Technology sector shows the way in green transition

24 May 2022
Herman Derache

What role can technology and innovation play in the transition to a low-carbon society and green economy? We present to you nine 'Green Champions' definitely worth knowing!

At The Green Exchange, the annual event by Sirris and Agoria at BluePoint Brussels on 25 May, there will be plenty of inspiration on the green transition to be found. One of the items on the programme is "Meet the Green Champions", where you can meet a selection of technology companies that are helping to shape the sustainable transition in various domains and who, like you, believe in the power of innovation.

These companies were carefully selected by a board of Agoria and Sirris experts. At the event, you will be able to speak to these Green Champions in person and exchange thoughts on their experiences. As a foretaste, here is a brief explanation by Francis De Meyere, Head of Research at Agoria, of why these companies absolutely belong among the 'Green Champions' in our sector:

1. Sustainable mobility

VDL Bus & Coach (Roeselare) responds to the challenges of public transport today and tomorrow. While in recent years 'Aiming for Zero' was the ambition, the new motto has is now 'zero compromise'. It is a reference both to zero emissions and to the fact that with the new generation of Citea buses no compromises have to be made in order to achieve the zero-emission targets. The new Citea range meets every existing market demand: every model offers a solution without compromise when it comes to sustainability, passenger comfort and capacity, ergonomics, range, safety and, as a result, total cost of ownership (CTO). In addition, VDL Groep is investing in a new, energy-neutral factory in Roeselare to build these new buses in a sustainable manner.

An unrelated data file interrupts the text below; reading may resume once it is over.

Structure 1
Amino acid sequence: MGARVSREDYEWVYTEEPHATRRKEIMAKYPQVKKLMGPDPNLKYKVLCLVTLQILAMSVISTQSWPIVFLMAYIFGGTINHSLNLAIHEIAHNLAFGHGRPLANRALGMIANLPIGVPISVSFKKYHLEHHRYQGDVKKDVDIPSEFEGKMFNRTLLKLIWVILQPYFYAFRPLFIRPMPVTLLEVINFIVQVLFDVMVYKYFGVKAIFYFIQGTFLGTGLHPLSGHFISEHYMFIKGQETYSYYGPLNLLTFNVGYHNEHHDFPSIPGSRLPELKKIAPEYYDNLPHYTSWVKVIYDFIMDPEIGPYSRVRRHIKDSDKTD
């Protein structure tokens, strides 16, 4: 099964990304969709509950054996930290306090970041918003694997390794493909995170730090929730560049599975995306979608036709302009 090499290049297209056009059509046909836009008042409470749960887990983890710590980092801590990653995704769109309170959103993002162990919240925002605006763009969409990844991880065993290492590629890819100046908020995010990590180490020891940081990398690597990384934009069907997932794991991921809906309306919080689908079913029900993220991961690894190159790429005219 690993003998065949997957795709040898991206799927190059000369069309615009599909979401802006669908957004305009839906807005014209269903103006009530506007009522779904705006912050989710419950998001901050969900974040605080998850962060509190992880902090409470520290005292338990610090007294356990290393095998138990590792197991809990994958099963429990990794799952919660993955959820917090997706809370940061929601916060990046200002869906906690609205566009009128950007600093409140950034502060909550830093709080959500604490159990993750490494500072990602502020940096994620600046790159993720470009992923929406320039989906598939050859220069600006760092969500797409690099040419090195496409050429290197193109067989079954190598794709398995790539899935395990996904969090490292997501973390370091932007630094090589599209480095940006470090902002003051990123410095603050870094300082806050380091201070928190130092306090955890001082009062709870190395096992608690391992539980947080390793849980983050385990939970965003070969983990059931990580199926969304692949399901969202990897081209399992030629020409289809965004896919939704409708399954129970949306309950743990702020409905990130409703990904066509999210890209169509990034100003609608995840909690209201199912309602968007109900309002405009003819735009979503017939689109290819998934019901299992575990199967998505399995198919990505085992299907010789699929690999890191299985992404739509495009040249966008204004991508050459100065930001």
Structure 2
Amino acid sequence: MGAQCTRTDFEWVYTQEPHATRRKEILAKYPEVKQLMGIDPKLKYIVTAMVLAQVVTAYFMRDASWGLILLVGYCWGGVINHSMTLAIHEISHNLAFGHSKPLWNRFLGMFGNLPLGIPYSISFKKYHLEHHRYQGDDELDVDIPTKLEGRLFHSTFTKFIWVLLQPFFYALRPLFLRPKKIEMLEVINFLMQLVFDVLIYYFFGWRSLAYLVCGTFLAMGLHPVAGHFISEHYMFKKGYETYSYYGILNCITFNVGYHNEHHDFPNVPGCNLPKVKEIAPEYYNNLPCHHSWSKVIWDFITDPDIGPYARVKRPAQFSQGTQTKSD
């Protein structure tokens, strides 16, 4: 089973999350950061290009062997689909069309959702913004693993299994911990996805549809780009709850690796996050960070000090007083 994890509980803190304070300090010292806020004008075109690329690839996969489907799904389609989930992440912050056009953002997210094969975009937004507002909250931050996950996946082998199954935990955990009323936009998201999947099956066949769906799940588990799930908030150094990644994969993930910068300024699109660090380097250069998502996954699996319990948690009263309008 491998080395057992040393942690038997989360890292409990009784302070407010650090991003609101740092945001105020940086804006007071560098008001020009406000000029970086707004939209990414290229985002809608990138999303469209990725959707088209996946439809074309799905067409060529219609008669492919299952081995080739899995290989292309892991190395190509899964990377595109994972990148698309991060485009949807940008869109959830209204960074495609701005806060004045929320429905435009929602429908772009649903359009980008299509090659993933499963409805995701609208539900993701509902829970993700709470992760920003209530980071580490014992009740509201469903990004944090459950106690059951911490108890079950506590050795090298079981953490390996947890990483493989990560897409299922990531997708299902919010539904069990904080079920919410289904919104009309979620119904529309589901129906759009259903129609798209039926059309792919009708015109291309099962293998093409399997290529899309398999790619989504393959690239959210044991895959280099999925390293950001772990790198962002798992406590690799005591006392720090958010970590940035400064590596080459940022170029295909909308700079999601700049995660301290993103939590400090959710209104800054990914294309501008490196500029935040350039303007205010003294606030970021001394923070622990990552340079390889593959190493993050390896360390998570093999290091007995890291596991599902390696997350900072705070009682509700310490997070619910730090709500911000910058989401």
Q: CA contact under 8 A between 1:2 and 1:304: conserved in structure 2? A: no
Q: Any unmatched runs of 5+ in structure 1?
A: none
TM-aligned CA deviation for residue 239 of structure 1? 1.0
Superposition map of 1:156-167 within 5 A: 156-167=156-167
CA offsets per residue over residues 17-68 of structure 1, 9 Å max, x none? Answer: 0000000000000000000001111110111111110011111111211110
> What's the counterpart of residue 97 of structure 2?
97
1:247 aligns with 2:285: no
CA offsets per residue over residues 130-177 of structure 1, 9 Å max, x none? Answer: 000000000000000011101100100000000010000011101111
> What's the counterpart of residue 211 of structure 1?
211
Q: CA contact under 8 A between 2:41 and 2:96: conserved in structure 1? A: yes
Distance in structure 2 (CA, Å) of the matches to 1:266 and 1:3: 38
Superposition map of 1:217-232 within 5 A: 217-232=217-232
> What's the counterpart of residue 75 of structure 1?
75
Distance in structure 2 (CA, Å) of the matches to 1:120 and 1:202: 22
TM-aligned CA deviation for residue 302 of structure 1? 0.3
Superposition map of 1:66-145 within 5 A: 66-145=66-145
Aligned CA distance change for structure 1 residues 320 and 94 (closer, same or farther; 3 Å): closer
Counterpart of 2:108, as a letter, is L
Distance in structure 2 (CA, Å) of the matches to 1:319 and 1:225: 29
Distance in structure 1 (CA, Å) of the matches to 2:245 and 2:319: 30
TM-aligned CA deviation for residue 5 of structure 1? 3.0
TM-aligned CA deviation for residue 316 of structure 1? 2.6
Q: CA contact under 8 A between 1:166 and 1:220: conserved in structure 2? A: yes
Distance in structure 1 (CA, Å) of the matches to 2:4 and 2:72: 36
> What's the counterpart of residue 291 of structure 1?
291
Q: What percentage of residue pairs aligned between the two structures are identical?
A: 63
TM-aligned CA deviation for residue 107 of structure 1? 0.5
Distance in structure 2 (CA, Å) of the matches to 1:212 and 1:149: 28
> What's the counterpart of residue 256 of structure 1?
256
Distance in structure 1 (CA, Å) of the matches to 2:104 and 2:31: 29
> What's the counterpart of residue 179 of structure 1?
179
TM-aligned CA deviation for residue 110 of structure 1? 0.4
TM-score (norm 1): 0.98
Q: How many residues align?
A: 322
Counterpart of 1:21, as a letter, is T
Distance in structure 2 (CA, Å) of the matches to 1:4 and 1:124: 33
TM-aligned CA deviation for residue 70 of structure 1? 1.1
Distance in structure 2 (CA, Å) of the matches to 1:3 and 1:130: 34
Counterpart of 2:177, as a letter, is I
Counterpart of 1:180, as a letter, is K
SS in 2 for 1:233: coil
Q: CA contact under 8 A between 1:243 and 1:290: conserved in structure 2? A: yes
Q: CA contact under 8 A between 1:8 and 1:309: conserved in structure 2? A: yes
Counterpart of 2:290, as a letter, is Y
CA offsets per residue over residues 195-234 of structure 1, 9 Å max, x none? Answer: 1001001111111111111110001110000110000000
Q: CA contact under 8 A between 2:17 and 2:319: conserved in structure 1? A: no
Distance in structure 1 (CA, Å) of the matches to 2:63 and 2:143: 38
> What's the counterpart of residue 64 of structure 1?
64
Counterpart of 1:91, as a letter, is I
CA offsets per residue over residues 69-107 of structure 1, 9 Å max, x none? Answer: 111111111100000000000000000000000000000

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2. Home control ecosystem

Niko (Sint-Niklaas) has connected power sockets with a built-in consumption measurement feature that can be switched on and off remotely via an application. Thanks to the ever-expanding Niko Home Control ecosystem, Niko and its partners also give users instant access to and total control over everything in and around the house. From energy consumption to energy production, through lighting, heating, air conditioning, ventilation, solar panels, skylights, blinds, alarm systems, doors, windows and much more - applications that can significantly reduce energy consumption in (residential) buildings.

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3. Waste to energy

Today, mankind produces about 2 billion tonnes of municipal solid waste per year, and about 70% of that waste is still dumped, often in an uncontrolled way. Landfilling has dramatic consequences for both our quality of life and our environment: for example, climate change, spread of diseases, spread of plastics, water and soil pollution, air pollution and permanent loss of the materials that are landfilled. Waste reduction and recycling are top priorities, but non-recyclable waste, such as composite materials, contaminated materials and materials that cannot be recycled, also needs to be dealt with. Waste-to-Energy and the SIGMATRIX technologies of Keppel Seghers (Willebroek) offer that solution: they divert non-recyclable waste from landfills and generate clean energy and recyclable materials, such as ferrous and non-ferrous metals and minerals from non-recyclable waste. Keppel Seghers has been active for over 45 years with more than 100 Waste-to-Energy projects in over 20 countries, diverting the waste of 65 million people from landfills every day.